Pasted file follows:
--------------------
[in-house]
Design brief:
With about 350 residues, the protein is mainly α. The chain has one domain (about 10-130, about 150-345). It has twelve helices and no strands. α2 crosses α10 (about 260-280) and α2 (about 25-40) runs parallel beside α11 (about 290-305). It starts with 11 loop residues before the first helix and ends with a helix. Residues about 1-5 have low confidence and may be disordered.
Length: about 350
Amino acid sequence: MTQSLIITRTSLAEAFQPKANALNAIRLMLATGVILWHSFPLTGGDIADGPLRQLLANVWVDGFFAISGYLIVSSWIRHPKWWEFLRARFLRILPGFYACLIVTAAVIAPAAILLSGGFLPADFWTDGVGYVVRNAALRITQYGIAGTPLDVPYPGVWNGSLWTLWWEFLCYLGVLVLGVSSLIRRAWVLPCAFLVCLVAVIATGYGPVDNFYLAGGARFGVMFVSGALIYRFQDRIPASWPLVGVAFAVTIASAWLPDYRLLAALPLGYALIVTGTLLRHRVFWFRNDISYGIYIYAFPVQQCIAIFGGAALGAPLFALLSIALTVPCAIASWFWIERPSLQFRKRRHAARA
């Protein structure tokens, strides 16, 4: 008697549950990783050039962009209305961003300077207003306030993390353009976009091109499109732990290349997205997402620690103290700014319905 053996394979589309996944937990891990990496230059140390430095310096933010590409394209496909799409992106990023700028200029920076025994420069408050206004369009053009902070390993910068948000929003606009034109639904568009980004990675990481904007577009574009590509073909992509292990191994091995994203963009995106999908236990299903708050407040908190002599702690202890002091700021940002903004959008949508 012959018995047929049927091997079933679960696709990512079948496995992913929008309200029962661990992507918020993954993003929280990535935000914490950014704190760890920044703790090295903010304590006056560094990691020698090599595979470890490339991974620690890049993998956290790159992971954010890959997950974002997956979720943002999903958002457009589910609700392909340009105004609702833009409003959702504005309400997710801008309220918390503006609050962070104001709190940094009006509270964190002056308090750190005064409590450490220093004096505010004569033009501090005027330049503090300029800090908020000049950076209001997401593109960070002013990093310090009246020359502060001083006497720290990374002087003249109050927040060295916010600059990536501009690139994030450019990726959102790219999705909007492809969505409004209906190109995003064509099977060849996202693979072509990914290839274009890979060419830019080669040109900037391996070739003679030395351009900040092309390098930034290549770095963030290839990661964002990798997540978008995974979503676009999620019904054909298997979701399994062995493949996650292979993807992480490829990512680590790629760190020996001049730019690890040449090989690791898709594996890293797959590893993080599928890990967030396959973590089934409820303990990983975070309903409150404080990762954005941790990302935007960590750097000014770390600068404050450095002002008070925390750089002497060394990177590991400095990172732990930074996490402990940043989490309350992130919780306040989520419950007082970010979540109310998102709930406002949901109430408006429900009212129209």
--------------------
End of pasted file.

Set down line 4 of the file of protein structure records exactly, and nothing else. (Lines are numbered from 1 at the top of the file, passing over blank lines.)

Length: about 350